Lithuania in World War II, 1938-1945

A.) Polish Ultimatum

On March 17th 1938 - the world attention was focused on Germany's annexion of Austria - Poland issued an ultimatum at Lithuania, demanding the recognition of Wilna/Vilnius's being part of Poland. Lithuania's government, with no ally to back it up, saw no alternative to reluctantly accepting the ultimatum.
On March 21st Lithuania, facing a German ultimatum, ceded the Memelland (Klaipeda) back to Germany.

B.) Transition, September 1939 - August 1940

On August 23rd 1939 Germany and the USSR signed a Non-Aggression Pact, in a secret memorandum to which both governments decided to partition the girdle of independent republics created after World War I. Lithuania was allocated to the German sphere.

Yet when German troops invaded Poland on September first, Stalin hesitated to follow suit, correctly calculating that France and Britain declared war on Germany, not on the USSR when Soviet troops invaded Poland on September 17th. However, due to this hesitation German troops had proceeded to occupy central Poland - which had been allocated to the USSR. In it's place, the USSR claimed Lithuania as part of it's sphere of influence.
On October 10th 1939, Lithuania permitted 20,000 Soviet troops being stationed on her territory; the USSR agreed to the Vilnius region being annexed into Lithuania; on October 28th 1939, Lithuanian troops had occupied Vilnius (Wilna) which again was to become the country's capital.
The USSR pressed for Lithuania's Communists to be included in the Government (June 10th 1940 accepted). The USSR issued an ultimatum on June 14th which included the demand for the government to step down; president Smetana went into exile. A new Communist-led government proclaimed Lithuania a Soviet Republic and applied for admission into the USSR (accepted August 3rd 1940).
From September 1939 onward, Polish Jews fled from German-occupied into neighbouring Lithuania; c. 6000 to 8000 of them were given visas for Japan, China and the Dutch possessions in the Caribbean (1939-1940).

C.) Part of the USSR, 1940-1941

Under Soviet occupation, deportations began. The country's German minority was repatriated to Germany.

C.) German Occupation, 1941-1944

On June 25th 1941, German troops began the invasion of the Soviet Union, and after a few weeks Lithuania was occupied; it became part of the administrative region called OSTLAND (comprising of the 3 Baltic republics, Belarus and occupied northwestern Russia).
Under the German occupation, a part of the country's German population which had been repatriated in 1941 moved back in. The country's Jewish minority, the largest in the 3 Baltic Republics (an estimated 260,000), was destroyed during the Holocaust.

D.) Again part of the USSR, 1944-

In 1944, Soviet forces expelled the Germans from most of Lithuania, cutting off a German army unit in Kurzeme (Courland). The Soviets deported an estimated 350,000 Lithuanians.
Lithuania's political future was not discussed at the Conferences of Yalta and Potsdam; the western Allies did not bring up the issue of the Soviet annexation of Lithuania, thus factually accepting the status quo. The US, however, did not formally recognize Lithuania's 'voluntary' application for admission into the Soviet Union.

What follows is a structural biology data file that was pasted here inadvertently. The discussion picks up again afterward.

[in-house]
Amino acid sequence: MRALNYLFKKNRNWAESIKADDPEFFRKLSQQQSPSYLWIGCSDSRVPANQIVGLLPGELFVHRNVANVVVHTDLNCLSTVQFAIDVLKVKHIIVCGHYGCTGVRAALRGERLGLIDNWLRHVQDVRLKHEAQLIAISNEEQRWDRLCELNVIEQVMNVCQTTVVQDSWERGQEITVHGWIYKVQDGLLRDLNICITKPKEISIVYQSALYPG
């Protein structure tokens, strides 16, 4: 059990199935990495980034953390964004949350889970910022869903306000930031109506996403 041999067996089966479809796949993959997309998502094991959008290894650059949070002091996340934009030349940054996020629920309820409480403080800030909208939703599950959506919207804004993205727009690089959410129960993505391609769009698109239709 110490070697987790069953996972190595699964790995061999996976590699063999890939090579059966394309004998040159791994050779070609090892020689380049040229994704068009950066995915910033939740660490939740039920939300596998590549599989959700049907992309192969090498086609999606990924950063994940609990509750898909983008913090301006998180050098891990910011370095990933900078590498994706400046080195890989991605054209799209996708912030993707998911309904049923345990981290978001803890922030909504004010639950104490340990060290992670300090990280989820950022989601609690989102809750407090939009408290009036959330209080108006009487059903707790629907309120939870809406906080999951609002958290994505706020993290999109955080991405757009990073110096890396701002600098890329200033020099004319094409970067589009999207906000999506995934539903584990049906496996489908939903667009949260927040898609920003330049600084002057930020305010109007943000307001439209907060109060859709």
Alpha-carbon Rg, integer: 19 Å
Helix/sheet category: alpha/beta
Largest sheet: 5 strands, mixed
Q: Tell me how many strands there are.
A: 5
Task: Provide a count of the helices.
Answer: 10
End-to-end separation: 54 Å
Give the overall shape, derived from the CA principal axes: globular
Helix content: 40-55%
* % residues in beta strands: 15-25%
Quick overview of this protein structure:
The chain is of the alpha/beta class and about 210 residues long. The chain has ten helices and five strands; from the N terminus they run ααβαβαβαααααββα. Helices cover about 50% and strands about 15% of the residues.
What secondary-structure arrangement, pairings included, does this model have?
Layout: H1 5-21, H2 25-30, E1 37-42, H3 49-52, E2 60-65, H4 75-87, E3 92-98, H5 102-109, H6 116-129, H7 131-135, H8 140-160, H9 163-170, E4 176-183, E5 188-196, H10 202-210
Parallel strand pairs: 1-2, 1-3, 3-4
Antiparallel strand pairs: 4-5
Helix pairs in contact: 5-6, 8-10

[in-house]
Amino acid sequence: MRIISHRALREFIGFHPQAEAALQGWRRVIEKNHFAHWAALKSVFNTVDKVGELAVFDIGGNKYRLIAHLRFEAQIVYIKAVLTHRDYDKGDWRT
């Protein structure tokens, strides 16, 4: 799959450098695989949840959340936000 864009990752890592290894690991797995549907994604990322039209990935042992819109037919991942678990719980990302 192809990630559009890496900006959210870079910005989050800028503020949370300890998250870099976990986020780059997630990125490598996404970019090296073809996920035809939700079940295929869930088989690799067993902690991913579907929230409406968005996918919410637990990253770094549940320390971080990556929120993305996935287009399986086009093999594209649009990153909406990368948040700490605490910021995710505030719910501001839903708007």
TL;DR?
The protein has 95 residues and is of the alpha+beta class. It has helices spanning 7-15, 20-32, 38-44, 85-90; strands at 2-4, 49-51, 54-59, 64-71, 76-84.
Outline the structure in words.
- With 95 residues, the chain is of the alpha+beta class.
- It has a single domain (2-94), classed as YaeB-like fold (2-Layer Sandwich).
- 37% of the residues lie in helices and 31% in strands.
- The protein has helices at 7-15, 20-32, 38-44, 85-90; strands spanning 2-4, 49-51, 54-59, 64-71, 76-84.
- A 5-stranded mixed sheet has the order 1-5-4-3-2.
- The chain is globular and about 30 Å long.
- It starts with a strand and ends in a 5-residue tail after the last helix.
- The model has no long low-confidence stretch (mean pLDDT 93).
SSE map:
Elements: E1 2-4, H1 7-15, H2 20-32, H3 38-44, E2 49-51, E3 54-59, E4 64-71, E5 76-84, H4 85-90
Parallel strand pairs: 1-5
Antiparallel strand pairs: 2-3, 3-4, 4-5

History of Lithuania : Independence, from Encyclopaedia Britannica
History of Lithuania, from Scantours
History of Lithuania, from Ramunas' Personal Pages
Jewish History of Lithuania, from Heritagefilms
Lithuania Honours a Holocaust Rescuer : the Kovno Episode, from The Scribe
DOCUMENTS Holocaust and Resistance in Lithuania, from the Simon Wiesenthal Center
Lithuania under the occupation, Daina Maslaiskaute's grandmother's story, from Stories from the 1940es
Vilnius in old photographs, from Vilnius University Library
Lithuanian wool coupons WW II, from Ron Wise's World Paper Money
War chronicle of the Lithuanian Partisans, by Algis Rupainis
German-Soviet Non-Aggression Pact, w. Secret Memorandum, Aug. 23rd 1939, from The History Place, text of memorandum in German from A selection of events and documents on the history of Finland
REFERENCE David G. Kirby, The Baltic World 1772-1993, London : Longman 1995
Manfred Hellmann, Grundzüge der Geschichte Litauens (Main Features of Lithuania's History), Darmstadt : Wissenschaftliche Buchgesellschaft 1976 (in German)
United States Holocaust Museum, Historical Atlas of the Holocaust, NY : MacMillan 1996 [G]; pp.60-61, 64-69 on the Baltic Countries
Article : Soviet Union - Lithuania, in : Statesman's Year Book 1943 pp.1256-1257 [G]
Article : Lithuania, in : Americana Annual 1939 pp.450-451, 1940 pp.462-463, 1943 pp.441-442, 1944 pp.414-416, 1945 pp.440-441, 1946 pp.460-461 [G]
Article : Lithuania, in : Britannica Book of the Year 1944 pp.406-407, 1945 p.412 [G]
Article : Lithuania, in : New International Year Book 1939 pp.442-444, Events of 1940 pp.415-417, 1941 pp.336-337, 1942 pp.383-384, 1943 pp.341-342 [G]
Article : Baltic States, in : New International Year Book 1944 pp.58-59, 1945 pp.57-58 [G]
Article : Lithuania, in : Funk & Wagnall's New Standard Encyclopedia Year Book 1939 pp.344-346, 1940 pp.346-347, 1941 pp.298-299, 1942 pp.266-267, 1943 p.270 [G]
Article : Baltic States, in : Funk & Wagnall's New Standard Encyclopedia Year Book 1944 pp.44-45 [G]
David Kirby, The Baltic States 1940-1950, pp.22-39 in : Martin McCauley (ed.), Communist Power in Europe 1944-1949, London : MacMillan 1977 [G]

This page is part of World History at KMLA
First posted in 2000, Last revised on November 25th 2009

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